Volumes have been written about Nirvana’s Nevermind spearheading a fuzzed-out, screaming mess of a sea change that reintroduced punk into the national conversation. Predictably, major labels began poaching bands from the underground, frantic to replicate the Seattle trio’s seemingly out-of-nowhere success. In the goldrush to find the next Nirvana, labels like DGC, a Geffen subsidiary, Reprise, and Atlantic offered big money to punk and noise acts like Jesus Lizard and The Boredoms that heretofore would never have gotten a lunch date.
But while Nevermind signaled a renewed interest in punk, it also served to open doors for bands with equally skewed, if not as visceral, tendencies. With acts like Beck, Daniel Johnston, Ween, and Stereolab inking deals with major labels, suddenly, anything seemed possible. To the everyday consumer of Top 40 radio, these were transmissions from another world.
Which brings us to Southern Culture On The Skids, one of the unlikeliest candidates for big-league attention. The handiwork of singer/guitarist Rick Miller, the trio has been a Chapel Hill institution since 1983, perfecting a genre-fuck comprising surf, rockabilly, lounge, old-school country, and R&B. The band’s name clarifies Miller’s intentions: “(We wanted) some kind of name that would get us some attention, ya know? We were listening to the UNC radio (station) there and they were playing an R.E.M. song. I like R.E.M. fine, but at the end of it, the DJ says, ‘Ya that was REM, the sound of the new South.’ I looked at my roommate and we said, ‘Gawd, if that’s the sound of the new South I preferred it when it was on the skids.’ That’s how we got the name.”
By 1994, SCOTS– now in its classic line-up, including bassist Mary Huff and drummer Dave Hartman– had released a handful of beloved records, including Too Much Pork For Just One Fork, For Lovers Only, and Ditch Diggin’. And by 1995, DGC signed the group, releasing the Santo Swings EP, followed by the full-length Dirt Track Date, a much-needed antithesis to grunge’s by-then faux-angst and introspection.
Some of the SCOTS faithful felt slighted and jilted– as we-were-here-first fans often do when their band finds a larger audience– since Dirt Track Date featured a more polished production and re-recordings of four previously released songs, “Camel Walk”, “Firefly”, “Voodoo Cadillac”, and “Eight Piece Box”. But while earlier records like For Lovers Only and Ditch Diggin’ are essential purchases, each on fire with lo-fi hot-rod tendencies, DTD gives Miller and company the opportunity to realize the “swamp rock” sound they’d envisioned a decade earlier. Consider the evolution of lead track “Voodoo Cadillac”, a one-dimensional trudge in its earlier incarnation, but here, a reverb-laden mover, complete with CCR-approved droning arpeggios. When Miller insists, “Let’s ride,” we know we’re going places.
“Camel Walk” also takes on a fresh life, sounding more bizarre and vital than before. Critics described Kurt Cobain as the voice of my generation, but as a kid growing up in Juliette, Georgia, spending my allowance at Bowdoin’s Grocery, I identified more with Miller’s obsession over the convenience store’s snack aisle:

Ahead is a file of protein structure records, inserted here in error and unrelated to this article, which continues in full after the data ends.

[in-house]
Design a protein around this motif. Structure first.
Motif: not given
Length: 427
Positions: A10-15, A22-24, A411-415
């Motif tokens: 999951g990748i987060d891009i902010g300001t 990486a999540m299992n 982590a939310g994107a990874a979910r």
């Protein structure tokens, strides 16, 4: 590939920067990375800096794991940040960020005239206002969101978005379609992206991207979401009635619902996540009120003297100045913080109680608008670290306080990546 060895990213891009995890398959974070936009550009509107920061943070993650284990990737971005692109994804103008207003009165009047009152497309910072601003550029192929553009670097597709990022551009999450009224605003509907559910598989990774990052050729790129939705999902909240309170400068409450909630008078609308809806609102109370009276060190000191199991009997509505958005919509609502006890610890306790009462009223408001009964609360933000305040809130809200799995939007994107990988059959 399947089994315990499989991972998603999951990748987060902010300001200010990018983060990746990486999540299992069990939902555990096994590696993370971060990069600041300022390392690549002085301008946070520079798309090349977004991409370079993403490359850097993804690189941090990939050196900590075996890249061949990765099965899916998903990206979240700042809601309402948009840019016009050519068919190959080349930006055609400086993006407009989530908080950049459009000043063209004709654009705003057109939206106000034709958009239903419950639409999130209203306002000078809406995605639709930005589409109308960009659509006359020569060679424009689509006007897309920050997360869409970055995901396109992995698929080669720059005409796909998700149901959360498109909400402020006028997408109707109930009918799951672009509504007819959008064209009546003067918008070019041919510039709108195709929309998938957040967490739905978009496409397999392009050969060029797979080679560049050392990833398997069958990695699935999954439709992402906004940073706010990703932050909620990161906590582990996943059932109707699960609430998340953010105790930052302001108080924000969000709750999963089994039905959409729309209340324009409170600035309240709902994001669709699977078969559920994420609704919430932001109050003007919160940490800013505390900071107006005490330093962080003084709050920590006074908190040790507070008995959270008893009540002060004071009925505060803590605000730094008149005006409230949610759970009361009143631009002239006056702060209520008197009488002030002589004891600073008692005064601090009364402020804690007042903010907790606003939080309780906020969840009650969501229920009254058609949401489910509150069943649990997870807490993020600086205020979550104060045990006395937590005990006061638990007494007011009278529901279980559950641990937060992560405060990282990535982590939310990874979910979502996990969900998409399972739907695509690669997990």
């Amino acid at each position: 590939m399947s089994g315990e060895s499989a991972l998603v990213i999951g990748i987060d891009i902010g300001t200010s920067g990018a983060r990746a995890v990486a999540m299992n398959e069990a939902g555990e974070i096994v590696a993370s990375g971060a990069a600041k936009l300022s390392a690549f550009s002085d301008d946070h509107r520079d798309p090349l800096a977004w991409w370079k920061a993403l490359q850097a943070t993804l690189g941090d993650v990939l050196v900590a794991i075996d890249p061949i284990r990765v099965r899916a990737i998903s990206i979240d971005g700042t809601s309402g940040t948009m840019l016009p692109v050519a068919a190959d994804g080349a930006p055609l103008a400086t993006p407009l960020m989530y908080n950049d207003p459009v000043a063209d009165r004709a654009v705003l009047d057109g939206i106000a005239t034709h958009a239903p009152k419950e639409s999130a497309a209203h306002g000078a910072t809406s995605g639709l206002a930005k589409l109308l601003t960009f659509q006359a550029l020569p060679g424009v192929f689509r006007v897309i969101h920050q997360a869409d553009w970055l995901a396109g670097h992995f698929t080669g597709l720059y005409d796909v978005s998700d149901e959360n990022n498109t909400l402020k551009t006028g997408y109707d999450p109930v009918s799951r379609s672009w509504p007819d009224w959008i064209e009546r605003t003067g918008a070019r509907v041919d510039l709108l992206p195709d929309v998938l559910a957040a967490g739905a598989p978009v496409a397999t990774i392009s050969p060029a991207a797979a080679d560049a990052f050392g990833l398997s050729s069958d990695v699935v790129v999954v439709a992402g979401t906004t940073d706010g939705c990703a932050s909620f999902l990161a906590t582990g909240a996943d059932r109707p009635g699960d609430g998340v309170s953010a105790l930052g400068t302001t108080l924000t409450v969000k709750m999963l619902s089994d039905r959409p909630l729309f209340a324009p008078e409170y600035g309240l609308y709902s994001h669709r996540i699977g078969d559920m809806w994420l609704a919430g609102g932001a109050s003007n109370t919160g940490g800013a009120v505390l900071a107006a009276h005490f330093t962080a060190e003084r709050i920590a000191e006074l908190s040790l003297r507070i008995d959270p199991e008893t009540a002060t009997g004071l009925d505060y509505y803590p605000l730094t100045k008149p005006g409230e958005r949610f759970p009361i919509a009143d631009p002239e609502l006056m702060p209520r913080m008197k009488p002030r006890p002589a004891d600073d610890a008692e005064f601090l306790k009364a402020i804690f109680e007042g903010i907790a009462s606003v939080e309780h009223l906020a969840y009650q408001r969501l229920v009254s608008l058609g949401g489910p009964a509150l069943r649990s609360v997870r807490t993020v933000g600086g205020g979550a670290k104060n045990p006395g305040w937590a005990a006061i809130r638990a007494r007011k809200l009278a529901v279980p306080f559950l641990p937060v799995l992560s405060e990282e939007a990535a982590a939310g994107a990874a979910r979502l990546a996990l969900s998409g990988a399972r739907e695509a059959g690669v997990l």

Baby, Would you eat that there snack cracker
In your special outfit for me, please?
Yo ye pharoahs, let us walk
Through this barren desert, in search of truth
And some pointy boots, and maybe a few snack crackers.
Baby, you make me wanna walk like a camel.
Who’s in charge here?
Where’s my Captain’s Wafers?
Don’t go around hungry now, the way you eat that Oatmeal Pie,
Makes me just wanna die, baby!
You make me wanna walk like a camel.
Say, you don’t think there’s any way I can get that quarter
From underneath your pointy boot, do ya?
All I want is just one more oatmeal pie.
Little Debbie, Little Debbie!
Special outfits? Pointy boots? I didn’t know what a camel walk was! Didn’t The B-52’s mention it in “Dance This Mess Around”? But it sounded… Dirty. My libido, indeed.
Elsewhere, DTD showcases the various sides of SCOTS– the swamp funk of “Soul City”, the Link Wray-worship of “Skullbucket”, the backwoods kitsch of “White Trash” and “Fried Chicken And Gasoline”, the exotica of “Make Mayan A Hawaiian”, and the landlocked surf of “Galley Slave”. And while a sense of humor courses through the record, it never overshadows the group’s musicianship. The dynamic “Greenback Fly” and “Firefly” are peppered with percussive dust-ups that outshine similar bands with trucker hat sensibilities. Moreover, the laughs never succumb to condescension or assimilation. At the core is a reverence for the band’s musical influences and its North Carolina roots.
SCOTS made one more album for DGC, Plastic Seat Sweat, before making their way back to the indies, where they’ve been releasing albums ever since, each one worth your time and dollars. But they made good with Dirt Track Date, giving mainstream audiences a joyous, irreverent counterpoint to grunge’s ennui. Whereas some groups dwelled on angst and disillusionment, SCOTS, in songs like “Whole Lotta Things”, banked on tomorrow:
“Well, I had a good daydream
I woke and it’s gone
But the taste in my mouth seems to linger on
Rubbin’ my eyes, lookin’ down at my shoes
Said, “Man, there’s a lotta things I’d like to do
Whole lotta things that I’d like to do
A lot in this world that I’d like to do.”